Cries for help, gunfire. But the path is always leading in a different direction. At first, I hesitate. Engrained reflexes are strong, so is my desire not to fail. Maybe the test wants me to show initiative? Then I remember. Five years ago, I was part of a squad sent to aid an Inquisitor. We helped him cleanse a cult from the underhive. It is pretty much a blurr, I think we were mindwiped afterwards, but there is one thing that stands out clearly in my recollection: A voice like mummified parchment, telling us to look ahead, to go forward, and forward only.

“Look where I tell you, go where I tell you, stay obedient, and live.”

Whatever happened back then, it must have made an impression. It got me this invitation here, a transfer to serve the Emperor’s most holy Inquisition to replace a lost Acolyte, and now, whoever wanted me is trying to find out if he chose wrong. So I climb, and climb, and climb. I take my rosary from my belt and begin to tell the beads, one after the other, following all the prayers for the day, then the week and eventually the month.

I have finished the fifth weekly cycle, when I reach the tower. For the first time, there are windows, and I can see the void. There are no stars, only darkness. I shiver.

My journey is at an end now, because in front of me on the landing is another open door, and behind it, in a dimly lit office, sits the Inquisitor I met back then. He looks no different, bent and unbelievably ancient, wispy grey hair around a wrinkled face. A black cloak with a high collar gives his face a disembodied quality, like a servo skull floating in the dark. Around him, there is a mess.

There is no other way to describe the overstuffed bookcases, sideboards, low tables and decaying, mouldy chairs, all piled with scrolls, books, bones, plates, techno junk and rotting things. I stop in my tracks, stunned.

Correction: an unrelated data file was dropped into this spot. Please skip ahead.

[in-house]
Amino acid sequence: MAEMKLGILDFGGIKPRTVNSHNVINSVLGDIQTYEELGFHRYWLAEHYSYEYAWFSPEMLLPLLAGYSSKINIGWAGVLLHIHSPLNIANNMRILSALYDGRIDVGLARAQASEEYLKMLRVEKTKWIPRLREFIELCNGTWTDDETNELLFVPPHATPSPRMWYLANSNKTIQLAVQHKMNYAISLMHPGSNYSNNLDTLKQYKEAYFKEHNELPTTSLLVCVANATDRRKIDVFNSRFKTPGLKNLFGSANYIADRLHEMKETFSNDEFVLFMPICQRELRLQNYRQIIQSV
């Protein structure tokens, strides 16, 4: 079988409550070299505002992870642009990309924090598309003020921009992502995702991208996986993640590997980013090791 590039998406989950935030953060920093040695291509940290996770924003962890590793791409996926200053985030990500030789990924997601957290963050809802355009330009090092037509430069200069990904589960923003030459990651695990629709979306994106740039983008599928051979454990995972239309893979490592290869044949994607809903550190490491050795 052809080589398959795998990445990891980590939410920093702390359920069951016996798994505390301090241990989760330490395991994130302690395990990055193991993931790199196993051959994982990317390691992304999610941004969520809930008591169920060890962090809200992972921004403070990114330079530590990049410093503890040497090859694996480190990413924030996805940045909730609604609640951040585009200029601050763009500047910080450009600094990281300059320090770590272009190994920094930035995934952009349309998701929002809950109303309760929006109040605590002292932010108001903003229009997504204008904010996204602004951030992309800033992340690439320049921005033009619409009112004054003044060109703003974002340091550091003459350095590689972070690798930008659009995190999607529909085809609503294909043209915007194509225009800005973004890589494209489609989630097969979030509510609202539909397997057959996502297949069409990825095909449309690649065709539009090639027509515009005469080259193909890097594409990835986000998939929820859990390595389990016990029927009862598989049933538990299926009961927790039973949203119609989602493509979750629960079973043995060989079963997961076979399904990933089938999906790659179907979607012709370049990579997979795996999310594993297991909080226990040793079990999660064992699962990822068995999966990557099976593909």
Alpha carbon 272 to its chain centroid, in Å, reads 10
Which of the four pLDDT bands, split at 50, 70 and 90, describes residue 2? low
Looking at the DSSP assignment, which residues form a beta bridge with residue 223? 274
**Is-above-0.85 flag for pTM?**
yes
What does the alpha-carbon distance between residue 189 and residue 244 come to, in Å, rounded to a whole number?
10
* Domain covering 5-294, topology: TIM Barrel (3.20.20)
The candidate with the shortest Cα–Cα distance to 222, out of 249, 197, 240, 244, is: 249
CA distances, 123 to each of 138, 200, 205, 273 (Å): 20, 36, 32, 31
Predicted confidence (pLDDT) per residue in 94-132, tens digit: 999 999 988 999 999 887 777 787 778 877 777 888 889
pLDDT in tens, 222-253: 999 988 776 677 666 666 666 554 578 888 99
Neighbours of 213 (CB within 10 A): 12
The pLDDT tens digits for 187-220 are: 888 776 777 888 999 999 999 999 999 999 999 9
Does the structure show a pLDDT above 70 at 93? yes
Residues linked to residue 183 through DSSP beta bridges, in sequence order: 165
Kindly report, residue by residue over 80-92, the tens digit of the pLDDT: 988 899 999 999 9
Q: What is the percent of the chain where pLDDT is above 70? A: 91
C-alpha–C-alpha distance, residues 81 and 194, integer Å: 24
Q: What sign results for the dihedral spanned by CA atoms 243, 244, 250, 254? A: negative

I hesitate to step into this cesspool. I have seen shops in the underhive that were cleaner and more ordered. Then I notice there is no stink. All I smell is the musty note of old books, mouse droppings and old mould. No decay. No unwashed body. Is this some trick?

I cannot fathom it, but I have no choice. I see mockery in the Inquisitor’s dark eyes as he watches me hover on the threshold, and finally I step over it, and into the final part of the test. I guess.

“The Emperor is watching you, Candidate.”

I blush, fiercely. Did I fail? I step closer and he does not stop me. I can see his desk is piled with papers, too, but there is a place, directly in front of him, that is empty and clean, polished even. In the shine of two oil lamps with tall glass cylinders I see a bolt pistol lying before him. It is not ornate like the models I saw in the hands of the Ecclesiarchy’s warriors, but it is a build I have never seen before with a longer barrel and a slender grip. A scope lies beside it, and a dozen bolts with the hardened tips of Kraken rounds.

As the Inquisitor notices my gaze, he turns the weapon around, so I can see the stylised I of the holy ordos carved into the stock. His hands are as supple as the weapon, not gnarled with age or spotted. He loads the weapon, ignoring me. I hold my tongue. Is this still a test? Or is he assembling the weapon to shoot me?

I do still wear my armour, but it will not withstand a hit like this at such a short distance. I swallow and become still. If this is my fate, I will accept it. I did not understand a thing of what happened here since I stepped off the ship. I hide my smile, as that was the first lesson I had to learn when I joined the Adeptus Arbites: Do not expect to understand the Emperor’s Will. Just follow it to your best ability.

I face the Inquisitor’s empty dark eyes. If this is the Emperor’s Will, I will not fight it. The weapon ready, he gets up and looks at me. He is as short as me. The weapon is steady in his hands as he sights at me down the scope. The corners of his mouth twitch. A drop of sweat runs down my temple. I am still as a statue. I will not run. I will die, if I have to, but I will not shame myself.

He turns the weapon around and hands it to me, grip first. I take it, stunned. Now he gives in and allows the smile to form. “The Emperor has found you adequate” – he pauses for a moment, before finishing: “Acolyte.”